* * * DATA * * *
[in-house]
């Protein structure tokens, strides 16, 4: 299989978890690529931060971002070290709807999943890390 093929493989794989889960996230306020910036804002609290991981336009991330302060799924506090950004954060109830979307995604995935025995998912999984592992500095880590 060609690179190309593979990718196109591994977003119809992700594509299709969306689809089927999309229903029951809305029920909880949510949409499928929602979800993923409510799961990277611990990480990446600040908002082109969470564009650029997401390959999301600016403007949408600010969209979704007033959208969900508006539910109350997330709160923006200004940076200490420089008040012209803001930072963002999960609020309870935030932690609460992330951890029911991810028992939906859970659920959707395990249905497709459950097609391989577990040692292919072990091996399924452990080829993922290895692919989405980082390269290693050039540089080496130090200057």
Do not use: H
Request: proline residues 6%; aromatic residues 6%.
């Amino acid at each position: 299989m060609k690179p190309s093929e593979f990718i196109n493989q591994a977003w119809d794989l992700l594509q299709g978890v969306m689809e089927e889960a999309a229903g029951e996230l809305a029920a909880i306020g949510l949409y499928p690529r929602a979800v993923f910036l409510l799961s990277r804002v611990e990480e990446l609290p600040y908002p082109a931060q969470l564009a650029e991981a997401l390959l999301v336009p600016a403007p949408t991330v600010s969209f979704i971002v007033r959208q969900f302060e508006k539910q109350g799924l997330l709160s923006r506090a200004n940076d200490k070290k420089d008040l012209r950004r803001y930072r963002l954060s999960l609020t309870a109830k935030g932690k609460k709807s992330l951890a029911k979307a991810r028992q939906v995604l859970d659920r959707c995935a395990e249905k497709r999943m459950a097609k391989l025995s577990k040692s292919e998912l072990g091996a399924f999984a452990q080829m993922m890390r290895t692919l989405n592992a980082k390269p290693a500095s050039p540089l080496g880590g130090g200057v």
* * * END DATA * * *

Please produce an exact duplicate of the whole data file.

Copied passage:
[in-house]
């Protein structure tokens, strides 16, 4: 299989978890690529931060971002070290709807999943890390 093929493989794989889960996230306020910036804002609290991981336009991330302060799924506090950004954060109830979307995604995935025995998912999984592992500095880590 060609690179190309593979990718196109591994977003119809992700594509299709969306689809089927999309229903029951809305029920909880949510949409499928929602979800993923409510799961990277611990990480990446600040908002082109969470564009650029997401390959999301600016403007949408600010969209979704007033959208969900508006539910109350997330709160923006200004940076200490420089008040012209803001930072963002999960609020309870935030932690609460992330951890029911991810028992939906859970659920959707395990249905497709459950097609391989577990040692292919072990091996399924452990080829993922290895692919989405980082390269290693050039540089080496130090200057």
Do not use: H
Request: proline residues 6%; aromatic residues 6%.
């Amino acid at each position: 299989m060609k690179p190309s093929e593979f990718i196109n493989q591994a977003w119809d794989l992700l594509q299709g978890v969306m689809e089927e889960a999309a229903g029951e996230l809305a029920a909880i306020g949510l949409y499928p690529r929602a979800v993923f910036l409510l799961s990277r804002v611990e990480e990446l609290p600040y908002p082109a931060q969470l564009a650029e991981a997401l390959l999301v336009p600016a403007p949408t991330v600010s969209f979704i971002v007033r959208q969900f302060e508006k539910q109350g799924l997330l709160s923006r506090a200004n940076d200490k070290k420089d008040l012209r950004r803001y930072r963002l954060s999960l609020t309870a109830k935030g932690k609460k709807s992330l951890a029911k979307a991810r028992q939906v995604l859970d659920r959707c995935a395990e249905k497709r999943m459950a097609k391989l025995s577990k040692s292919e998912l072990g091996a399924f999984a452990q080829m993922m890390r290895t692919l989405n592992a980082k390269p290693a500095s050039p540089l080496g880590g130090g200057v």